Emery Gate’s resident Santa, Nigel Ingles, went back to school learn Makaton.
The Bristol-based course, run by Better Communication Bristol, taught Santas from throughout the region both a greater understanding of the communication challenges some children face in public situations, a bank of basic signs and symbols, and a set of Christmas-themed signs to make the grotto experience as enjoy as possible for all children.
Phil Maclean, Retail Marketing Manager at Emery Gate, said "Every child needs to tell Santa what they’d like in their stockings, learning some basic signs can transform a grotto experience for a child with communication difficulties and we hope this will go a small way to do that. We are so grateful to Nigel for making such an effort after all these years away from the classroom!”
The annual Emery Gate Christmas Grotto is set to start on 25th November with all profits donated to local causes. Last year Emery Gate used its profits to exclusively hire Europe’s largest trampoline park, Airhop in Bristol, for students from Poplar College, Chippenham to enjoy.
Retail & leisure property management company Eagle One Ltd is urging retail businesses to do more to think about how they can engage with disabled customers needs and their families. The group, whose portfolio comprises 190,000 sq. ft. of space in shopping centres and retail warehousing in Devon, Worcestershire, Bristol and Wiltshire, says that since it launched its disability marketing campaign, which has seen a number of outreach and CSR initiatives involving and aimed at those with disabilities, it has recorded a positive impact on footfall to its schemes.
Examples of projects in 2016 included a diverse modelling competition ‘Faces of Emery Gate’, which chose a disabled lead amateur model, ‘Styleability workshops’ which help young adults with disabilities find their own sense of style and develop body confidence, as well as how to alter clothes to suit individual needs. ‘Accessible Santas’, which trained its Christmas Grotto staff in Makaton, and inviting pupils from a local special needs school to turn on the Christmas lights.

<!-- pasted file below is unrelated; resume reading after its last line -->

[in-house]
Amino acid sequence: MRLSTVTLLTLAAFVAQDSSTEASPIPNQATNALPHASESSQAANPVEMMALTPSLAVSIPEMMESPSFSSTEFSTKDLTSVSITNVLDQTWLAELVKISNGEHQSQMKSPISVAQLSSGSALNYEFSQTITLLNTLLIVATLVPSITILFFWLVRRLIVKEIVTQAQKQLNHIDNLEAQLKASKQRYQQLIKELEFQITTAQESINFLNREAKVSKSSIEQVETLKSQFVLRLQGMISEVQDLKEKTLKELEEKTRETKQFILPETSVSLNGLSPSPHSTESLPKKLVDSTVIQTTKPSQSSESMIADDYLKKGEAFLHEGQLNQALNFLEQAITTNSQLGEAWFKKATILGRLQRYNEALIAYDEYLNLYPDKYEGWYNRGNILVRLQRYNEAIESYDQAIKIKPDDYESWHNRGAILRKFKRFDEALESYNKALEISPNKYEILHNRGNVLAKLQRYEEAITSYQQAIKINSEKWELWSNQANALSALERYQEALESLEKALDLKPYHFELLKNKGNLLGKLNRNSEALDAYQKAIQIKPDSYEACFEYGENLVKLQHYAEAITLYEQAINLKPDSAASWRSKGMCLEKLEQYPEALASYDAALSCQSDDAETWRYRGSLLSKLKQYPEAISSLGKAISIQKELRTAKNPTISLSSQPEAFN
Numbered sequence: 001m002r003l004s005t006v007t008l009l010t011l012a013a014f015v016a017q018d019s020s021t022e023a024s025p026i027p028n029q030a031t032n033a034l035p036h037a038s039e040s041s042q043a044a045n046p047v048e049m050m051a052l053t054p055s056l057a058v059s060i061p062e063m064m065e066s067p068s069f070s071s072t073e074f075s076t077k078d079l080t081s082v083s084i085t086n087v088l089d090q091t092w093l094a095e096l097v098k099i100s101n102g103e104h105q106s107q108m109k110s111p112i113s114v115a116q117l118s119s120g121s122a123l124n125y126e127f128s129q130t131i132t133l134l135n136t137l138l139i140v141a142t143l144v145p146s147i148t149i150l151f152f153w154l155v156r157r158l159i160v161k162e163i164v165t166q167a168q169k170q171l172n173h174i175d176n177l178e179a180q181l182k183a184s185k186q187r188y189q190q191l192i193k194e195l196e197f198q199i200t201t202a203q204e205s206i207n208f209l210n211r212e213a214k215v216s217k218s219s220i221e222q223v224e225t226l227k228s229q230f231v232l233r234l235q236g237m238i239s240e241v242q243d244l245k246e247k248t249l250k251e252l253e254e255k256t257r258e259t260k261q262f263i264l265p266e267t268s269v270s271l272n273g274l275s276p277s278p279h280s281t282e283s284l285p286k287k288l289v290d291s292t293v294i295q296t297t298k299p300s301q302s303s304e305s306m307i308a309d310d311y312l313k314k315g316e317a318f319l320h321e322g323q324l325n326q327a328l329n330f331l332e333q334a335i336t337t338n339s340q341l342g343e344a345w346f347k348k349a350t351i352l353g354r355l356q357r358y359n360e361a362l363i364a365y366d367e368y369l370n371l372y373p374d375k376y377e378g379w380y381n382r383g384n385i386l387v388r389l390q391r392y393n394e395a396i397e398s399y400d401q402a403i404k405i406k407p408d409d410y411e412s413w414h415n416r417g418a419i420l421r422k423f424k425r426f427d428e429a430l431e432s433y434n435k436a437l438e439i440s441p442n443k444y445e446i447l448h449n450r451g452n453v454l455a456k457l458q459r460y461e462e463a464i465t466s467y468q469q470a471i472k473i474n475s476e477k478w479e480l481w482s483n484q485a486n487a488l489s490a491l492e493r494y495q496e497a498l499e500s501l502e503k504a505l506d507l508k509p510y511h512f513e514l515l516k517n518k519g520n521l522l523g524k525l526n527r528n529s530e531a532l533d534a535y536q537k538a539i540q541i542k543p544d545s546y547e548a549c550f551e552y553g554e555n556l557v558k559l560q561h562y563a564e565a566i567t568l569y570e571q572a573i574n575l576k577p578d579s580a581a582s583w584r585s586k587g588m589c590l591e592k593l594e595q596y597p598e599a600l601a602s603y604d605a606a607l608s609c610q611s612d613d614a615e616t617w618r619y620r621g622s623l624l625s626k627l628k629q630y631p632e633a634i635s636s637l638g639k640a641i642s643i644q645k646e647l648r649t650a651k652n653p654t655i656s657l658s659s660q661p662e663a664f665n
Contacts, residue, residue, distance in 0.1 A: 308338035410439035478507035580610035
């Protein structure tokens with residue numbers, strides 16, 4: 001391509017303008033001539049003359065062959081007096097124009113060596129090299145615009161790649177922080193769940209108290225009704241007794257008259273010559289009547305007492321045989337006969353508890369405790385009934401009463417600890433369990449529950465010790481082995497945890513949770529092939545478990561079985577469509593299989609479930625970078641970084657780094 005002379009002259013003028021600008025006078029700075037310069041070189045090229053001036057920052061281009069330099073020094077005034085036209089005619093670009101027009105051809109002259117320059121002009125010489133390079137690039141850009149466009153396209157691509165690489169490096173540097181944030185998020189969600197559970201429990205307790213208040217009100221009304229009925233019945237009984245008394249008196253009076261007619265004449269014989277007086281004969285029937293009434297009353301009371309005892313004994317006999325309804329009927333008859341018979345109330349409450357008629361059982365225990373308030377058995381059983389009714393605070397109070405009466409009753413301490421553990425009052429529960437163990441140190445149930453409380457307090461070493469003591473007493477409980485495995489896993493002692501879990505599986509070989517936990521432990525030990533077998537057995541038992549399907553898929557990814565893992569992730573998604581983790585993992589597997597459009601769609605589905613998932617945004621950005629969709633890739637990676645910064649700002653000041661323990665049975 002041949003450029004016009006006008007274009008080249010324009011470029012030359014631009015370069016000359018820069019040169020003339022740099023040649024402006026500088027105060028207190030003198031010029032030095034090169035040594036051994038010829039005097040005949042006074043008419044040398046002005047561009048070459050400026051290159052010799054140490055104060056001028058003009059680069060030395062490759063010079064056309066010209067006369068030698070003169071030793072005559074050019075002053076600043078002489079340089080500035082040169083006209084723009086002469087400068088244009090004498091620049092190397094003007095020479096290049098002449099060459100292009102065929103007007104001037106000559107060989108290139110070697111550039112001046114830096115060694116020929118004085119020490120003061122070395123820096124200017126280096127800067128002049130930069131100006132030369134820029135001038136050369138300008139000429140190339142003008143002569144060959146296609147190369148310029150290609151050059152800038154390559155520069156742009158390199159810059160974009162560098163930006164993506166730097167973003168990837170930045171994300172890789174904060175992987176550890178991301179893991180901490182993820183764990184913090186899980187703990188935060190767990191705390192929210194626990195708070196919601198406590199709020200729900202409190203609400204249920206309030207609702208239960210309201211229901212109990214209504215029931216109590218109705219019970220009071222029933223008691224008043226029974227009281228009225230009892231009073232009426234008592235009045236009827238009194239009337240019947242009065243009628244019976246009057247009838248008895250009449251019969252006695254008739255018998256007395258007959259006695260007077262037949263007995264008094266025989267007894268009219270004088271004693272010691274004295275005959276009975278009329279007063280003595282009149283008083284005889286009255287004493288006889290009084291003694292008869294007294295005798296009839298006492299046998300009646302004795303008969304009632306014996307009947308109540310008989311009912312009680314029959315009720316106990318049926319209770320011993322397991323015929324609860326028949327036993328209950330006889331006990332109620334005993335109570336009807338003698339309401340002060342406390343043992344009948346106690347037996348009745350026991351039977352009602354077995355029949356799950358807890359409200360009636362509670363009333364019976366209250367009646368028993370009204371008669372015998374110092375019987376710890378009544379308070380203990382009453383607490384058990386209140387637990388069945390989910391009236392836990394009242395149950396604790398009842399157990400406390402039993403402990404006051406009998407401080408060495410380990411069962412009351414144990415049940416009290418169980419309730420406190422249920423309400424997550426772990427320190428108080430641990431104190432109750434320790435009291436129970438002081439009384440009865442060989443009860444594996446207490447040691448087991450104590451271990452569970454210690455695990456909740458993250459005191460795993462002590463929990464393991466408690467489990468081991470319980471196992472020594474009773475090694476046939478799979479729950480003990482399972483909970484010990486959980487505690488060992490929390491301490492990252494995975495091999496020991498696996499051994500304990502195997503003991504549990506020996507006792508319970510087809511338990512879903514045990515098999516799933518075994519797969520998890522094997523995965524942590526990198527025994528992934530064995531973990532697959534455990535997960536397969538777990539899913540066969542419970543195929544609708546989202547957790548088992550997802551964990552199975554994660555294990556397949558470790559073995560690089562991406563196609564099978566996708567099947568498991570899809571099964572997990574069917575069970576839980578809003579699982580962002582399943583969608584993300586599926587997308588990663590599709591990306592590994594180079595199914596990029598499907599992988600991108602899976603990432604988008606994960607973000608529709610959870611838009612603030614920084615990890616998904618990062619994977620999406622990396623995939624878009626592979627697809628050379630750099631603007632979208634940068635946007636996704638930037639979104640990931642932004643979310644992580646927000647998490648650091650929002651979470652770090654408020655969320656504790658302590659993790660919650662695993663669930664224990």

Its Worcestershire Centre has also pioneered an Autism Awareness Initiative which has seen all staff complete a National Autistic Society accredited course to learn how they can play a part in improving the shopping experience for Autistic customers.
Discussing the initiatives, Phil Maclean, Retail Marketing Manager at Eagle One, said: “Our industry doesn’t have a great reputation amongst those with disabilities and their families. All too often, outlets will just ensure they don’t fall foul of the Disability Discrimination Act – and let’s face it, many don’t even do that – rather than think about how they can actively engage with the disabled community.
“Bricks and mortar retailers have a clear advantage over online stores by showing that they’re socially responsible, at the heart of their communities and able to provide a pleasurable experience in addition to just shifting stock.
“Disabled people and their families or carers are a group typically marginalised by our industry. Cramped layouts in shops for example, can make it difficult to use or push a wheelchair and sensory overload can make shopping extremely tough for those with autism.
“And yet this certainly isn’t an insignificant market. So it’s time we as an industry started addressing these issues. It’s working for us and there’s no reason it can’t work for others too. It’s not just the right thing to do, it’s good for business too.”